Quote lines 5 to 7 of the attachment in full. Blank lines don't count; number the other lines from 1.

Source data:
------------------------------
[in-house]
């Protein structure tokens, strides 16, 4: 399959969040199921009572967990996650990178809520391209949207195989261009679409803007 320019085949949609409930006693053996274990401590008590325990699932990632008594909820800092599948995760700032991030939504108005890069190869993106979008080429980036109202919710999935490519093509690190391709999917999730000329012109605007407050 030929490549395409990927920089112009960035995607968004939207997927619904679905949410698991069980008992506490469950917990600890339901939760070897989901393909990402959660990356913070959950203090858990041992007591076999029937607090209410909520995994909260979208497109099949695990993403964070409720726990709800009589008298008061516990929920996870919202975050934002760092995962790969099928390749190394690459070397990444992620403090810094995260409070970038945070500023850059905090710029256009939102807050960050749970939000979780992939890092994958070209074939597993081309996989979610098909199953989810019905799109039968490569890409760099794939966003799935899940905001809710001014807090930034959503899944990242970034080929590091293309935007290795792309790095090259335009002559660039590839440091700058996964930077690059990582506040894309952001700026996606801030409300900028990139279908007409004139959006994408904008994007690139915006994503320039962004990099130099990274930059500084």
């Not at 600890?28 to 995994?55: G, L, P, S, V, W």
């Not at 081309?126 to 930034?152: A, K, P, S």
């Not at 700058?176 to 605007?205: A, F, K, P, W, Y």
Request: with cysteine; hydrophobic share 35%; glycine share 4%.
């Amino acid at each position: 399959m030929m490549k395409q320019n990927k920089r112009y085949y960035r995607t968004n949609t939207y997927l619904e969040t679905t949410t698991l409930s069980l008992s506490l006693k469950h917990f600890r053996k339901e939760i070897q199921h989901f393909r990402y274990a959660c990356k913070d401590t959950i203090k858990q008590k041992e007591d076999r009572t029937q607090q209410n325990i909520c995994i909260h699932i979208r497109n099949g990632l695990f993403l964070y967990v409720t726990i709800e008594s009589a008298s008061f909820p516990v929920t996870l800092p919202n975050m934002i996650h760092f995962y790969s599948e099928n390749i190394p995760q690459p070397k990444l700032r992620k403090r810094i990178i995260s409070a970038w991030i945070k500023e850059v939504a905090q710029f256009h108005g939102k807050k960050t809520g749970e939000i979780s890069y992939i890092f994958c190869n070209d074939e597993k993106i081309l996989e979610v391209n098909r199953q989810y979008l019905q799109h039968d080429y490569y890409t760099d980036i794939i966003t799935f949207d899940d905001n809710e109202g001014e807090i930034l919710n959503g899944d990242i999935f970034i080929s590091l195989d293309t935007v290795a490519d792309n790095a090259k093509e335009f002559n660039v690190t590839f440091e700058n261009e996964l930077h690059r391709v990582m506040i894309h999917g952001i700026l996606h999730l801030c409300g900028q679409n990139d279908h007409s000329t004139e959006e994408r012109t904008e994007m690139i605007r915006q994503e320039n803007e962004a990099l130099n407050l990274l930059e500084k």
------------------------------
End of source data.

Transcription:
């Not at 700058?176 to 605007?205: A, F, K, P, W, Y």
Request: with cysteine; hydrophobic share 35%; glycine share 4%.
């Amino acid at each position: 399959m030929m490549k395409q320019n990927k920089r112009y085949y960035r995607t968004n949609t939207y997927l619904e969040t679905t949410t698991l409930s069980l008992s506490l006693k469950h917990f600890r053996k339901e939760i070897q199921h989901f393909r990402y274990a959660c990356k913070d401590t959950i203090k858990q008590k041992e007591d076999r009572t029937q607090q209410n325990i909520c995994i909260h699932i979208r497109n099949g990632l695990f993403l964070y967990v409720t726990i709800e008594s009589a008298s008061f909820p516990v929920t996870l800092p919202n975050m934002i996650h760092f995962y790969s599948e099928n390749i190394p995760q690459p070397k990444l700032r992620k403090r810094i990178i995260s409070a970038w991030i945070k500023e850059v939504a905090q710029f256009h108005g939102k807050k960050t809520g749970e939000i979780s890069y992939i890092f994958c190869n070209d074939e597993k993106i081309l996989e979610v391209n098909r199953q989810y979008l019905q799109h039968d080429y490569y890409t760099d980036i794939i966003t799935f949207d899940d905001n809710e109202g001014e807090i930034l919710n959503g899944d990242i999935f970034i080929s590091l195989d293309t935007v290795a490519d792309n790095a090259k093509e335009f002559n660039v690190t590839f440091e700058n261009e996964l930077h690059r391709v990582m506040i894309h999917g952001i700026l996606h999730l801030c409300g900028q679409n990139d279908h007409s000329t004139e959006e994408r012109t904008e994007m690139i605007r915006q994503e320039n803007e962004a990099l130099n407050l990274l930059e500084k």